3081. A virgin, neither had any man known her. That this signifies pure from all falsity, is evident from the signification of a "virgin." A "virgin" is often mentioned in the Word, and there signifies the Lord's kingdom, and likewise the church, and consequently everyone who is a kingdom of the Lord or who is a church; and this from the conjugial love in chaste virgins. In the spiritual sense conjugial love is the affection of good in truth, and the affection of truth from good, from which affections, conjoined as it were in marriage, comes conjugial love (see n. 2508, 2618, 2727-2729). And because as before said this is seen in a virgin, the kingdom of the Lord, which is also compared to marriage and is called a marriage, is called a "virgin." That by "a man had not known her," is signified pure from all falsity, is because by a "man" in the Word is signified not only rational truth, but also in the opposite sense falsity (see n. 265, 749, 1007); thus to be "known by a man" is to be contaminated with falsity, and "not to be known by a man" is to be pure from falsity: by a "man" is not here meant a husband [vir conjugii].
 That by a "virgin" in the Word are signified those who are in the kingdom of the Lord, or what is the same, those in whom the kingdom of the Lord is, is evident in John:
These are they who were not defiled with women, for they are virgins; these are they who follow the Lamb whithersoever He goeth, for they are without spot before the throne of God (Rev. 14:4-5).
Here those are plainly called "virgins" who follow the Lamb, that is, who are in the Lord's kingdom; and they are also said to be "without spot."
 In the proper sense, those are "virgins" who are in love to the Lord, that is, the celestial, and thus those who are in the affection of good. Those also are called "virgins" who are in charity toward the neighbor, that is, the spiritual, and thus who are in the affection of truth; as may be seen from passages in the Word. Thus in Isaiah:
The virgin daughter of Zion hath despised thee, and hath mocked thee; the daughter of Jerusalem hath shaken her head after thee (Isa. 37:22).
This is said to the king of Asshur; the "virgin daughter of Zion" denotes the celestial church; the "daughter of Jerusalem," the spiritual church.
 In Jeremiah:
Again will I build thee, and thou shalt be built, O virgin of Israel; again shalt thou deck thy timbrels, and shalt go forth in the dance of them that make merry. Their soul shall be as a watered garden; and they shall not sorrow any more at all. Then shall the virgin be glad in the dance, and the young men and the old together (Jer. 31:4, 12-13).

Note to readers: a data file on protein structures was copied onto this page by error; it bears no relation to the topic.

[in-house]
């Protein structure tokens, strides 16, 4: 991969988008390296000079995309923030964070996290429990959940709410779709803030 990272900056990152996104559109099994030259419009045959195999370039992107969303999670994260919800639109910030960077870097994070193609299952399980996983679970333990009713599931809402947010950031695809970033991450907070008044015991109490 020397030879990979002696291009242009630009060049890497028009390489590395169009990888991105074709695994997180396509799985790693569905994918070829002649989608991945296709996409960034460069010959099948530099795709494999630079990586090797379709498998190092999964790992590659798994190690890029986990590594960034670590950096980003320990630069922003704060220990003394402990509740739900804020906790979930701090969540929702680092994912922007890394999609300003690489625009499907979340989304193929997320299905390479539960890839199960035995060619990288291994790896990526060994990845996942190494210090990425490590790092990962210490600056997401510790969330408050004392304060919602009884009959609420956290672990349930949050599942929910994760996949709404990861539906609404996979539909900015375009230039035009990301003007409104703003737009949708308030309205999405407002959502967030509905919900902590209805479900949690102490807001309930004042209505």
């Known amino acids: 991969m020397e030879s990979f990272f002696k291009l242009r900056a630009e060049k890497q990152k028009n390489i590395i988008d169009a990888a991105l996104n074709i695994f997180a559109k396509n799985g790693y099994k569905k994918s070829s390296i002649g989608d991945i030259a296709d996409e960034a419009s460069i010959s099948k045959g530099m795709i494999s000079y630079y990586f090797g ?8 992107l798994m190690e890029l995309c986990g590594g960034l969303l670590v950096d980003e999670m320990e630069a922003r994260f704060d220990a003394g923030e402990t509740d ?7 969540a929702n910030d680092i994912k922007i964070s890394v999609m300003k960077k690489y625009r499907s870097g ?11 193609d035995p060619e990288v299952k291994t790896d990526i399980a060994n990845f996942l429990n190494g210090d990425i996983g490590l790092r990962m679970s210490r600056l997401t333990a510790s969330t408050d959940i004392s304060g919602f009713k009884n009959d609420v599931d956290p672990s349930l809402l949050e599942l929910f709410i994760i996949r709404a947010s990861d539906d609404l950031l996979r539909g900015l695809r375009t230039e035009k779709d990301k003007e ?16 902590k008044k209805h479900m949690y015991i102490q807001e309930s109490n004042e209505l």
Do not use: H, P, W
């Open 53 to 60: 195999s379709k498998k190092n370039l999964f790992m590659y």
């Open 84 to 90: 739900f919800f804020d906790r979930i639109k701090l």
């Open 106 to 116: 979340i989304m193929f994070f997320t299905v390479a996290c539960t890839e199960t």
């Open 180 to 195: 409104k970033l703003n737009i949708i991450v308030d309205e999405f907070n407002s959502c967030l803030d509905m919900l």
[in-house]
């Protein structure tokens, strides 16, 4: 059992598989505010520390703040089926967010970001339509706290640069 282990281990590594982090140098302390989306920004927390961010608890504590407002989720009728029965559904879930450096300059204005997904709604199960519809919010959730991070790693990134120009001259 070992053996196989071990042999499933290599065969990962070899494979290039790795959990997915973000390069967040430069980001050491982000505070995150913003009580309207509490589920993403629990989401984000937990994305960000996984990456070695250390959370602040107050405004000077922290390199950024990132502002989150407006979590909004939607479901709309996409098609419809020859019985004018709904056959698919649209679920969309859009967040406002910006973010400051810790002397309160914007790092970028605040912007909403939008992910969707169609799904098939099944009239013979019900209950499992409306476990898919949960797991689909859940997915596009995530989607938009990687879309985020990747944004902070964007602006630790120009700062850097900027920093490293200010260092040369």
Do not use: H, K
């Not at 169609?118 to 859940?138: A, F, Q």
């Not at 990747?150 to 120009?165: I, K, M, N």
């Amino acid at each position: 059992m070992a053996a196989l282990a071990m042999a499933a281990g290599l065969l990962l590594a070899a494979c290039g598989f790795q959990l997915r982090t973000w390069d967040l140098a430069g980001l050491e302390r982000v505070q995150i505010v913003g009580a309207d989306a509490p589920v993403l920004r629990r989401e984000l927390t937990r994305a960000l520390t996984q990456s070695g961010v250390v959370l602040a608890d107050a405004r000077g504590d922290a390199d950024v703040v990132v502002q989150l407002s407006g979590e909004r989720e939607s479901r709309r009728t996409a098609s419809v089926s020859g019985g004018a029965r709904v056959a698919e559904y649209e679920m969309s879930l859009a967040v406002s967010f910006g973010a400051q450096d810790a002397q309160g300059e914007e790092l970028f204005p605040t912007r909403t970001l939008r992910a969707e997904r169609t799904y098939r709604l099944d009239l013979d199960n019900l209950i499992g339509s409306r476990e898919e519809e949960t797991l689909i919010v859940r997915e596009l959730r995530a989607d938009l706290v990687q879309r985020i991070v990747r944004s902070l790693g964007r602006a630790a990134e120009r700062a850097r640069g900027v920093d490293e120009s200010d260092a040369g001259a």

The "virgin of Israel" denotes the spiritual church; the affection of truth from good in this church is described here, as in other places, by "timbrels and dances." In the same:
The ways of Zion do mourn, her priests do sigh, her virgins are sad. The Lord hath trodden the winepress, for the virgin daughter of Judah. Behold my sorrow; my virgins and my young men are gone into captivity (Lam. 1:4, 15, 18).
"Virgins" denote the affections of good and of truth. And again in the same:
The women in Zion were ravished, the virgins in the cities of Judah (Lam. 5:11).
Here the "virgins" denote the affections of good.
 In Amos:
They shall run to and fro to seek the word of Jehovah, and shall not find it. In that day shall the fair virgins and the young men faint for thirst (Amos 8:12-13).
The "fair virgins" denote the affections of truth; the "young men," truths, or what is the same, those who are in them; concerning these it is said that "they shall run to and fro to seek the word of Jehovah, and shall not find it," and consequently "they shall faint for thirst."
 In Zechariah:
Jehovah their God shall preserve them in that day, as the flock of His people; for how great is His goodness and how great is His beauty: corn shall make the young men grow [germinare], and new wine the virgins (Zech. 9:16-17);
"young men" denoting truths, and "virgins," affections. In David:
The King's daughter is all glorious within; her clothing is of inweavings of gold. She is led unto the King in broidered work; the virgins, her companions, that follow her, are brought unto Thee (Ps. 45:13-14).
The "King's daughter" denotes the Lord's spiritual kingdom; the "virgins, her companions, that follow her," denote the affections of truth.
 In the same:
They have seen Thy goings, O God, the goings of my God in, the sanctuary. The singers went before, the players on the harp followed after, in the midst of the damsels playing the timbrels (Ps. 68:24-25).
The "damsels playing the timbrels" also denote the affections of truth, the term "virgin" being used in distinction from to express innocence. "Virgins" are so called from conjugial love, and thus denote those who are in innocence; for conjugial love is innocence itself (see n. 2736). In John therefore in the passage quoted from Revelation, they are said to "follow the Lamb whithersoever He goeth;" for by the "Lamb" is meant the Lord as to innocence; and all who are in heaven are called "virgins" from the innocence which is in their good. According to the amount and quality of the innocence in good, they "follow the Lamb."